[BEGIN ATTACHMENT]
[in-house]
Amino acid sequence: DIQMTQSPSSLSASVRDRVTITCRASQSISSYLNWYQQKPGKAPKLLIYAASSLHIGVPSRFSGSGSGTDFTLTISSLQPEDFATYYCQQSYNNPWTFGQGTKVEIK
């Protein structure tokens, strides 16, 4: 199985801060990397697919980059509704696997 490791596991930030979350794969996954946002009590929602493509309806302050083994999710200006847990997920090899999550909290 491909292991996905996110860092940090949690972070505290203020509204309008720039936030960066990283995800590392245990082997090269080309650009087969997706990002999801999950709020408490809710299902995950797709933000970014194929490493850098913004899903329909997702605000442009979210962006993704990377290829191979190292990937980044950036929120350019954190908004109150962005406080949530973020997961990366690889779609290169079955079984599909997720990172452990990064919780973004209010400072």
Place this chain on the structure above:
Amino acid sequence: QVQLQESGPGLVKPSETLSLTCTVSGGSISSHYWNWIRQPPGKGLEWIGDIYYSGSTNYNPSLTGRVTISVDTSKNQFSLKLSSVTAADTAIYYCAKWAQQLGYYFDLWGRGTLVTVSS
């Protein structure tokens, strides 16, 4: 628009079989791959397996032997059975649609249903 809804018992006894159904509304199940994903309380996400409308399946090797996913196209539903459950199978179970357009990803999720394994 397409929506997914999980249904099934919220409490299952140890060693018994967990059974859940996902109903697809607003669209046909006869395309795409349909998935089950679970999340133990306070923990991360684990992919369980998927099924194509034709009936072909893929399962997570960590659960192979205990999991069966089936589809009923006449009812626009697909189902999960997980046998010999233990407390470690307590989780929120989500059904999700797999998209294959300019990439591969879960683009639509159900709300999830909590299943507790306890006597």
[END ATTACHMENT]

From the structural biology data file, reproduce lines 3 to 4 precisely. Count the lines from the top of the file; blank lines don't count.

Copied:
């Protein structure tokens, strides 16, 4: 199985801060990397697919980059509704696997 490791596991930030979350794969996954946002009590929602493509309806302050083994999710200006847990997920090899999550909290 491909292991996905996110860092940090949690972070505290203020509204309008720039936030960066990283995800590392245990082997090269080309650009087969997706990002999801999950709020408490809710299902995950797709933000970014194929490493850098913004899903329909997702605000442009979210962006993704990377290829191979190292990937980044950036929120350019954190908004109150962005406080949530973020997961990366690889779609290169079955079984599909997720990172452990990064919780973004209010400072």
Place this chain on the structure above: